Secondly, Robin realized that the vast majority of Nepalis were missing out on the economic opportunities offered by tourism. The concentrated impact of wealthy travelers in a few areas results in locally inflated prices for many foodstuffs, fuel, and building materials, to the point that they are beyond the reach of those members of the community who do not have a direct stake in the tourist trade. Away from the trekking routes, subsistence farmers may have no access at all to a cash market, and they also lack much of the infrastructure that accompanies tourism development, including clinics, well-engineered bridges, schools, and electricity. Robin believes that the introduction of a new stream of tourism over a much longer network of destinations will alleviate somewhat the extreme poverty of a large number of communities without causing the economic and cultural distortions that are typically associated with full-on tourism development.


We at World Expeditions are immensely proud that Robin Boustead agreed to lead the first group of trekkers over the easternmost leg of newly defined GHT in Nepal. A few days ago he surfaced in Kathmandu after a highly successful trek (including a lunch-time encounter with a snow leopard on the way to Lhonak in the Kanchenjunga Conservation Area). Now Robin is off to research the GHT in northen India, to the west of Nepal, and world-famous climber Stephen Venables is leading the 34-day second stage of the our GHT expedition, Makalu & Everest Traverse via Sherpani Col (13 Mar - 15 Apr).

Of course, there is a delicate balance to be achieved in managing the GHT High Trail expeditions so as not to introduce a measure of economic opportunity without compromising the environment and culture of remote regions. In a future article, I'll explain our "responsible tourism" practices, and in particular our cutting-edge "carbon neutrality" program.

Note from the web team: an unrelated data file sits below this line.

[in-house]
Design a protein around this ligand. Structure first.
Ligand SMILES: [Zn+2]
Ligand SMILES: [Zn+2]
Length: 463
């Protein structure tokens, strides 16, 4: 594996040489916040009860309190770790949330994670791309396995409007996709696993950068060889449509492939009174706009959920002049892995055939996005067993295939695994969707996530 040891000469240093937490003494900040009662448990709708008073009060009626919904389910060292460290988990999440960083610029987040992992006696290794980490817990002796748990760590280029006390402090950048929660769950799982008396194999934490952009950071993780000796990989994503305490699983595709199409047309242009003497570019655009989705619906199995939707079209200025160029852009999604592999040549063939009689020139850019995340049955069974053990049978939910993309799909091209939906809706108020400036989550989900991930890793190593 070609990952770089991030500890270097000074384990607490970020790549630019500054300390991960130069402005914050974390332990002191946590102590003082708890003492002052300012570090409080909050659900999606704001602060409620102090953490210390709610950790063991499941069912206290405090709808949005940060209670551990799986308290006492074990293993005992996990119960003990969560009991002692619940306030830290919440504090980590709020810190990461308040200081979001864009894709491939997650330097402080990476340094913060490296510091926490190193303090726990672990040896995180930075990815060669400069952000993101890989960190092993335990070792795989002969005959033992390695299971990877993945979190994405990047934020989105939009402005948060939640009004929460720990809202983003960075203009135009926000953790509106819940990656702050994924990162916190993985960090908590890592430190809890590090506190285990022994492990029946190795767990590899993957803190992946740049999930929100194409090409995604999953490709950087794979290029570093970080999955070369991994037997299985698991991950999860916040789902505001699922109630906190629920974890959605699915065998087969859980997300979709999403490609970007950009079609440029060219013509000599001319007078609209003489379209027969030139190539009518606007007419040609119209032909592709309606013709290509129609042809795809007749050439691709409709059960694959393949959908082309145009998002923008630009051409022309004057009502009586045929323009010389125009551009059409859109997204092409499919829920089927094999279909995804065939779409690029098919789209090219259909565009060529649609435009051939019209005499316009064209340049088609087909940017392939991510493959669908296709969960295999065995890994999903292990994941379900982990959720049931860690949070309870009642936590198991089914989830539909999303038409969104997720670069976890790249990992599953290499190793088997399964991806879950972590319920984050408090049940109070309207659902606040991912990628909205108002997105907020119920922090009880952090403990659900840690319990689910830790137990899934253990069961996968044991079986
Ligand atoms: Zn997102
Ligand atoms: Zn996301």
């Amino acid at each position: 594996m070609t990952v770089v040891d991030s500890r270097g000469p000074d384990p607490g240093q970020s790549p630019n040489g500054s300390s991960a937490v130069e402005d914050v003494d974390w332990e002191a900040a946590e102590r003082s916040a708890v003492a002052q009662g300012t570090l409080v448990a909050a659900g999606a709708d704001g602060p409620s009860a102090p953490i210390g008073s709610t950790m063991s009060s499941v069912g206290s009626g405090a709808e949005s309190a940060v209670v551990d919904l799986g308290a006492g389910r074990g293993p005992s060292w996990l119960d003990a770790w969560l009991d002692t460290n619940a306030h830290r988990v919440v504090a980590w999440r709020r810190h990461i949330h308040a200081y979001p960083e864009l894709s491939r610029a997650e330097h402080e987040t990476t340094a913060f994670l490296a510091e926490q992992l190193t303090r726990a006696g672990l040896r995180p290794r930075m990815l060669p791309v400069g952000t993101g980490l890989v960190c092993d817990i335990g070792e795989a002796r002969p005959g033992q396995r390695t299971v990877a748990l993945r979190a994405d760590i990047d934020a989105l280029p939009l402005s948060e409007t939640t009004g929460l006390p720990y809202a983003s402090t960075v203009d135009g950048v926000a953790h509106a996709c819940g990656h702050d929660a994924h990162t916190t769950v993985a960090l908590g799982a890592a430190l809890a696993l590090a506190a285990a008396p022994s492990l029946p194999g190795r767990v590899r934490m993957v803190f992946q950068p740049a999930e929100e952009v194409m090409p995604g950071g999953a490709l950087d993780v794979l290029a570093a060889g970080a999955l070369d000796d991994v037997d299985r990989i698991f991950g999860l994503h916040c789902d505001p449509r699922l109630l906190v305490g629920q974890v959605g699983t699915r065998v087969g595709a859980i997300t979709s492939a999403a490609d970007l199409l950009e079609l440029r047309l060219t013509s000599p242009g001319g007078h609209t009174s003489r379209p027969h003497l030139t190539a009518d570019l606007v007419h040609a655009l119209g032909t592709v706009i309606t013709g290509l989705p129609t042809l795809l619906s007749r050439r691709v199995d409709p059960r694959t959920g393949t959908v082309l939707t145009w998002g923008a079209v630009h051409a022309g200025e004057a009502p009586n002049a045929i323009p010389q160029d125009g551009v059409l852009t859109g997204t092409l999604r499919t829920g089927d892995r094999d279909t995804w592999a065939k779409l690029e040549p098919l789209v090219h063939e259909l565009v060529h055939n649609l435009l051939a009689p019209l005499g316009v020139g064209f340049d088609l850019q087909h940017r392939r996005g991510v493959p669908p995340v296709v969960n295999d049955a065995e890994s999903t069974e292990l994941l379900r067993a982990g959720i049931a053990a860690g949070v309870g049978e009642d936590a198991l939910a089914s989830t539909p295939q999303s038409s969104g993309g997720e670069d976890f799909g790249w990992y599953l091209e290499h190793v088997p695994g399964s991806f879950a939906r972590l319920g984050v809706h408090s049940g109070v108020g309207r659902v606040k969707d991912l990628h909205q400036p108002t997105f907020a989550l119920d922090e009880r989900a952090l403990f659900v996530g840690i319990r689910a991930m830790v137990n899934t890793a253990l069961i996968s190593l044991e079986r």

Langtang Tamang people

Langtang Tamang people 


Meanwhile, for more information about the Great Himalaya Trail, you might want to consult Robin Boustead's two new books. In late 2009, Robin published a large format lavishly illustrated volume titled The Great Himalayan Trail: A Pictorial Guide. The book opens with "The Great Himalaya Trail Code" which Robin wrote in collaboration in the International Center for Integrated Mountain Development (ICIMOD). In addition to providing an enticing preview of what you will see for yourself on the trail, this book summarises Robin's ambitious hopes and visions for developing the trail.

The Great Himalaya Trail: A Pictorial Guide 


Last November Robin published a detailed guidebook, Nepal Trekking & the Great Himalaya Trail, available from Trailblazers.


Nepal Trekking and the Great Himalaya Trail 


Online, you will find maps and in-depth information at

You can follow the inaugural GHT expedition at on our blog, and you'll find full details about Responsible Tourism, the GHT, and all our programs at the World Expeditions Web site.





Unless otherwise noted, photos courtesy of Robin Boustead and World Expeditions


Seth Sicroff is the Nepal Editor for Wandering Educators